US Justice Department demands information on anti-Donald Trump protesters' identities

DreamHost claims request would force company to hand over 1.3 million visitor IP addresses 

Chloe Farand
Tuesday 15 August 2017 15:17 BST
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A protester is dragged away from a public access point to the National Mall on 14th Street NW prior to the inauguration in Washington DC
A protester is dragged away from a public access point to the National Mall on 14th Street NW prior to the inauguration in Washington DC (Getty)

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The Department of Justice is seeking to obtain information on thousands of political dissidents by requesting the records of a website which organises protests against Donald Trump.

Web services provider DreamHost said it was challenging the request, which it believes is "a clear abuse of government authority".

The company said it had worked with the Department of Justice (DOJ) for several months following the issue of a search warrant relating to one of the platform's host sites, disruptj20.org.

The Trump administration resistance website is run by a network of activists and aims to build a framework to organise mass protests and direct action against the US President.

In a blog post, DreamHost said the DOJ had asked the Los Angeles-based company to provide the department with "all information available to us about this website, its owner, and, more importantly, its visitors".

The search warrant issued by the DOJ states that the company has to disclose all information that could be used to identify subscribers to the website, including "names, addresses, telephone numbers and other identifiers, e-mail addresses, business information, the length of service (including the start date), means and source of payments for services (including any credit card or bank account number), and information about any domain name registration".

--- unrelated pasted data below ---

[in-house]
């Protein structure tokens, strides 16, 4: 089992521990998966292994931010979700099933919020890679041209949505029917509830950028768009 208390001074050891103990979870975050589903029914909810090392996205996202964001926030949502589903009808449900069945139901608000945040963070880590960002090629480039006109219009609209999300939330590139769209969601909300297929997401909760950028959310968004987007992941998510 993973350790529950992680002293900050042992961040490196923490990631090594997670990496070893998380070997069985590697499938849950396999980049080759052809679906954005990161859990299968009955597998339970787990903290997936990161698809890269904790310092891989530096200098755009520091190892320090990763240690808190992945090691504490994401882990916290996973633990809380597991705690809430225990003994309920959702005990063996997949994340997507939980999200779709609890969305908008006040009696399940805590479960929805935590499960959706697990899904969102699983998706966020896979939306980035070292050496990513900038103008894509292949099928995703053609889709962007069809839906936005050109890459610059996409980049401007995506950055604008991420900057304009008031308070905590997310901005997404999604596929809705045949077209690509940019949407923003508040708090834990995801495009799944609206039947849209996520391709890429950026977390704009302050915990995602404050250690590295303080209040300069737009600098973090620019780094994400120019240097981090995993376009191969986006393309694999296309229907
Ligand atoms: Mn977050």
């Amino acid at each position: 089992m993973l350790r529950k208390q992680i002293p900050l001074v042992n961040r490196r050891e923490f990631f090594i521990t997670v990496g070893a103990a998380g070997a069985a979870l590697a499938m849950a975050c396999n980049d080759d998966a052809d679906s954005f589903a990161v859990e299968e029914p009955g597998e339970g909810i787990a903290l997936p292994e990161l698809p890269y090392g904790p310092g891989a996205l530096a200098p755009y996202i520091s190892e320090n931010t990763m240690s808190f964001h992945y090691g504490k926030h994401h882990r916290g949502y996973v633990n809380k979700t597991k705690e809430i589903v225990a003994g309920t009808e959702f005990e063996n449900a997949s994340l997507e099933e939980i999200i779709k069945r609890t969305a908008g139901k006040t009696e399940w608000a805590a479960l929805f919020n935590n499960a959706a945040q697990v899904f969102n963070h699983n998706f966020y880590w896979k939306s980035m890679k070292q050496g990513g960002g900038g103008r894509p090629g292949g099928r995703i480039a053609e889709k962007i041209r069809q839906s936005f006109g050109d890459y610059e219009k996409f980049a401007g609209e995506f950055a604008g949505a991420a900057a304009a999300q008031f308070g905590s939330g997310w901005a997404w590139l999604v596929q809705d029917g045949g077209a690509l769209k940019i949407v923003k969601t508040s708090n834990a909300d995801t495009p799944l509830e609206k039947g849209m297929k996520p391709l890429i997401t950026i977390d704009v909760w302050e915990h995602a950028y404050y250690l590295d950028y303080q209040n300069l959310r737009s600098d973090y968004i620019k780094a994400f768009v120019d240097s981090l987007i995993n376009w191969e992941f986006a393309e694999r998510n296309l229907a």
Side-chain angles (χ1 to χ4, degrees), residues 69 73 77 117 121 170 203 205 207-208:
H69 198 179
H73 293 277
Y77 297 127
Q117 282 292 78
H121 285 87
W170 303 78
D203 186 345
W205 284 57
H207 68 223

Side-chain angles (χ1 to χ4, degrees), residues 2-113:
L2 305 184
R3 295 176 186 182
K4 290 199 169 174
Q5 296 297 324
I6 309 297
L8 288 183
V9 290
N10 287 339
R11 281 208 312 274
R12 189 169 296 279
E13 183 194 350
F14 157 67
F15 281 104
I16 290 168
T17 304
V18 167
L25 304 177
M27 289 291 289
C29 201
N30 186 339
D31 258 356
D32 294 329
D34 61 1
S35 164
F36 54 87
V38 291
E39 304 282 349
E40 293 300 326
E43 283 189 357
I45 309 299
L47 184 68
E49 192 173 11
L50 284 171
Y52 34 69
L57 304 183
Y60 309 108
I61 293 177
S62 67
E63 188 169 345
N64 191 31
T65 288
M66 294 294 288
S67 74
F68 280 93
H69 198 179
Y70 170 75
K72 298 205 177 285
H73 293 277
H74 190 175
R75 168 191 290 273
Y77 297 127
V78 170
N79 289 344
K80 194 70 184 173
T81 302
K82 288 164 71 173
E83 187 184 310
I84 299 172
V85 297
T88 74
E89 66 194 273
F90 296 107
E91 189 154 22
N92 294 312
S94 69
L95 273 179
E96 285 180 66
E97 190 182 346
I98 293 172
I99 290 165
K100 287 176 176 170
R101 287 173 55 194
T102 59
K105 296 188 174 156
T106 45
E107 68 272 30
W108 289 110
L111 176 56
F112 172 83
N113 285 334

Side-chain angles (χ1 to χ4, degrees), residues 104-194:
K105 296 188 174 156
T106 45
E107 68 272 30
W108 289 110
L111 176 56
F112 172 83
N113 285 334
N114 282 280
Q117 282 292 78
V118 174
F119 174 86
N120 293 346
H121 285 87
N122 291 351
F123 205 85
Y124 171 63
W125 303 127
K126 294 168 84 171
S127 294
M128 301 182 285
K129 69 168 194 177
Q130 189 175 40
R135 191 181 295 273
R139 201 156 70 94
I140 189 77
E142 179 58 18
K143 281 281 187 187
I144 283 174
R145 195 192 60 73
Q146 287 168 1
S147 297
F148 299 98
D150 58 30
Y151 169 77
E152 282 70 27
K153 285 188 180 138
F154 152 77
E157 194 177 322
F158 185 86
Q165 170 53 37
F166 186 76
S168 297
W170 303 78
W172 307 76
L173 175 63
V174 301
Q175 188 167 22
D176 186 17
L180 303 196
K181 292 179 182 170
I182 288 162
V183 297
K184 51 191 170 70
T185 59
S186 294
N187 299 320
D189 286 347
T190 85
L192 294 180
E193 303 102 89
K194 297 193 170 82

The document adds that all information that would constitute evidence of violations of the DC Code regarding individuals who participated and organised the riots during President Trump's inauguration on 20 January will also be seized.

More than 230 people were arrested during Mr Trump's inauguration and faced charges of felony rioting.

DreamHost said that complying with the request from the DOJ would see the website host hand over 1.3 million visitor IP addresses in addition to contact information, email content and photos of thousands of people.

The company claims the information would enable to determine who simply visited the website but could also be used to identify individuals who used the online platform to express political opinions under the Constitution's First Amendment.

"That should be enough to set alarm bell off in anyone's mind," DreamHost wrote.

"This is, in our opinion, a strong example of investigatory overreach and a clear abuse of government authority," it said.

DreamHost added its general counsel, Chris Ghazarian, had "taken issue with this particular search warrant for being a highly untargeted demand that chills free association and the right of free speech afforded by the Constitution".

The Department of Justice has not immediately responded to The Independent's demand for comment.

DreamHost claimed it challenged the DOJ over the request but in return the department filed a motion in a Superior Court in Washington to compel the company to produce the records.

Mr Ghazarian has now filed legal arguments in opposition to the DOJ's request on behalf of DreamHost.

He wrote: "In essence, the search warrant not only aims to identify the political dissidents of the current administration, but attempts to identify and understand what content each of these dissidents viewed on the website."

A hearing on the matter is scheduled for Friday.

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